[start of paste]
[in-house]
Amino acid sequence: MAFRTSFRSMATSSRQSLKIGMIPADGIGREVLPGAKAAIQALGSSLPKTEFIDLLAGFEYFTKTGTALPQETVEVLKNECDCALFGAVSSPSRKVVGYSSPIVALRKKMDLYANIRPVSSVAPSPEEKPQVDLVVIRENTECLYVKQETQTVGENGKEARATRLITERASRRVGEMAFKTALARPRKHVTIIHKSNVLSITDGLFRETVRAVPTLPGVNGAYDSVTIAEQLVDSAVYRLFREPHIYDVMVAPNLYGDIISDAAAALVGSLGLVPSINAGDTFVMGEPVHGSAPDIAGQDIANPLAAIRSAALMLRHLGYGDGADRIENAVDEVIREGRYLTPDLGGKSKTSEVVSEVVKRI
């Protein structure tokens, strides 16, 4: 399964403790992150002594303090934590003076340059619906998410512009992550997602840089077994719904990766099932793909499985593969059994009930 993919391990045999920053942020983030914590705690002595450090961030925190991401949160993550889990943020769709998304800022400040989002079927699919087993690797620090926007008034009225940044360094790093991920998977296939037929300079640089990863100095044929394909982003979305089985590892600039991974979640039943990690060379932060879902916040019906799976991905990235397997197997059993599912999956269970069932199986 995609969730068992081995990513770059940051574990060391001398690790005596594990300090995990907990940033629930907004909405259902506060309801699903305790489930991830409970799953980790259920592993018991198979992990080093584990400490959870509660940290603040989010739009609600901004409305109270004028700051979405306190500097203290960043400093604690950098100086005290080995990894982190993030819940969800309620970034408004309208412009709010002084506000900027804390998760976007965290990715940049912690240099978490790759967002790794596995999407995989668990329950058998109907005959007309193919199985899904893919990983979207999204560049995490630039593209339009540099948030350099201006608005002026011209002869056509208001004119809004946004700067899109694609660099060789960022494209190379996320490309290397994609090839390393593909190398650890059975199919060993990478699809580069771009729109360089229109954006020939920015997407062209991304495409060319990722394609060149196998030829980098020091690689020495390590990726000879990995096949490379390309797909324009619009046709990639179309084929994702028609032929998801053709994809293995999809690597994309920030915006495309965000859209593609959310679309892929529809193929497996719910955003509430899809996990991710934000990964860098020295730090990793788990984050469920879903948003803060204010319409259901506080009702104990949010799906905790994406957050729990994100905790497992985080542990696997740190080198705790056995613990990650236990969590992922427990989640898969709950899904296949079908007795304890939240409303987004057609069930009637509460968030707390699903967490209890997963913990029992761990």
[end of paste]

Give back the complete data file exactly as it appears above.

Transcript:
[in-house]
Amino acid sequence: MAFRTSFRSMATSSRQSLKIGMIPADGIGREVLPGAKAAIQALGSSLPKTEFIDLLAGFEYFTKTGTALPQETVEVLKNECDCALFGAVSSPSRKVVGYSSPIVALRKKMDLYANIRPVSSVAPSPEEKPQVDLVVIRENTECLYVKQETQTVGENGKEARATRLITERASRRVGEMAFKTALARPRKHVTIIHKSNVLSITDGLFRETVRAVPTLPGVNGAYDSVTIAEQLVDSAVYRLFREPHIYDVMVAPNLYGDIISDAAAALVGSLGLVPSINAGDTFVMGEPVHGSAPDIAGQDIANPLAAIRSAALMLRHLGYGDGADRIENAVDEVIREGRYLTPDLGGKSKTSEVVSEVVKRI
């Protein structure tokens, strides 16, 4: 399964403790992150002594303090934590003076340059619906998410512009992550997602840089077994719904990766099932793909499985593969059994009930 993919391990045999920053942020983030914590705690002595450090961030925190991401949160993550889990943020769709998304800022400040989002079927699919087993690797620090926007008034009225940044360094790093991920998977296939037929300079640089990863100095044929394909982003979305089985590892600039991974979640039943990690060379932060879902916040019906799976991905990235397997197997059993599912999956269970069932199986 995609969730068992081995990513770059940051574990060391001398690790005596594990300090995990907990940033629930907004909405259902506060309801699903305790489930991830409970799953980790259920592993018991198979992990080093584990400490959870509660940290603040989010739009609600901004409305109270004028700051979405306190500097203290960043400093604690950098100086005290080995990894982190993030819940969800309620970034408004309208412009709010002084506000900027804390998760976007965290990715940049912690240099978490790759967002790794596995999407995989668990329950058998109907005959007309193919199985899904893919990983979207999204560049995490630039593209339009540099948030350099201006608005002026011209002869056509208001004119809004946004700067899109694609660099060789960022494209190379996320490309290397994609090839390393593909190398650890059975199919060993990478699809580069771009729109360089229109954006020939920015997407062209991304495409060319990722394609060149196998030829980098020091690689020495390590990726000879990995096949490379390309797909324009619009046709990639179309084929994702028609032929998801053709994809293995999809690597994309920030915006495309965000859209593609959310679309892929529809193929497996719910955003509430899809996990991710934000990964860098020295730090990793788990984050469920879903948003803060204010319409259901506080009702104990949010799906905790994406957050729990994100905790497992985080542990696997740190080198705790056995613990990650236990969590992922427990989640898969709950899904296949079908007795304890939240409303987004057609069930009637509460968030707390699903967490209890997963913990029992761990």